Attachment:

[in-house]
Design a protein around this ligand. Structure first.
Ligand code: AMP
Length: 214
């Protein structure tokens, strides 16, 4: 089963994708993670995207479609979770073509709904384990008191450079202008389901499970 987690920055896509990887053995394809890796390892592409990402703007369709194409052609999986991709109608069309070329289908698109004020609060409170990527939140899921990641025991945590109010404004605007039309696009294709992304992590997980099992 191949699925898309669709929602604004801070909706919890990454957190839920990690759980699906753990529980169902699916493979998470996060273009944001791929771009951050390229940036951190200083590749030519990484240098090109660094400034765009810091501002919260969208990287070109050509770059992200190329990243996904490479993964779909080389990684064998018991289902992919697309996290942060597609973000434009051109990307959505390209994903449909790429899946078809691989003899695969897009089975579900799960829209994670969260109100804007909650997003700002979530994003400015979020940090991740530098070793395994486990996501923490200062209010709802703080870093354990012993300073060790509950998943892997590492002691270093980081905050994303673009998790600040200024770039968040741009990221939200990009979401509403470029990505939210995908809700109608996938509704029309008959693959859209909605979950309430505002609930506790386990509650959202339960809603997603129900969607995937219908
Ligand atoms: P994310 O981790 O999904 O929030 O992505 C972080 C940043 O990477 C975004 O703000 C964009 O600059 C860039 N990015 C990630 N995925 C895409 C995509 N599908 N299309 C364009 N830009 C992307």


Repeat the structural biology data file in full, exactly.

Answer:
[in-house]
Design a protein around this ligand. Structure first.
Ligand code: AMP
Length: 214
């Protein structure tokens, strides 16, 4: 089963994708993670995207479609979770073509709904384990008191450079202008389901499970 987690920055896509990887053995394809890796390892592409990402703007369709194409052609999986991709109608069309070329289908698109004020609060409170990527939140899921990641025991945590109010404004605007039309696009294709992304992590997980099992 191949699925898309669709929602604004801070909706919890990454957190839920990690759980699906753990529980169902699916493979998470996060273009944001791929771009951050390229940036951190200083590749030519990484240098090109660094400034765009810091501002919260969208990287070109050509770059992200190329990243996904490479993964779909080389990684064998018991289902992919697309996290942060597609973000434009051109990307959505390209994903449909790429899946078809691989003899695969897009089975579900799960829209994670969260109100804007909650997003700002979530994003400015979020940090991740530098070793395994486990996501923490200062209010709802703080870093354990012993300073060790509950998943892997590492002691270093980081905050994303673009998790600040200024770039968040741009990221939200990009979401509403470029990505939210995908809700109608996938509704029309008959693959859209909605979950309430505002609930506790386990509650959202339960809603997603129900969607995937219908
Ligand atoms: P994310 O981790 O999904 O929030 O992505 C972080 C940043 O990477 C975004 O703000 C964009 O600059 C860039 N990015 C990630 N995925 C895409 C995509 N599908 N299309 C364009 N830009 C992307």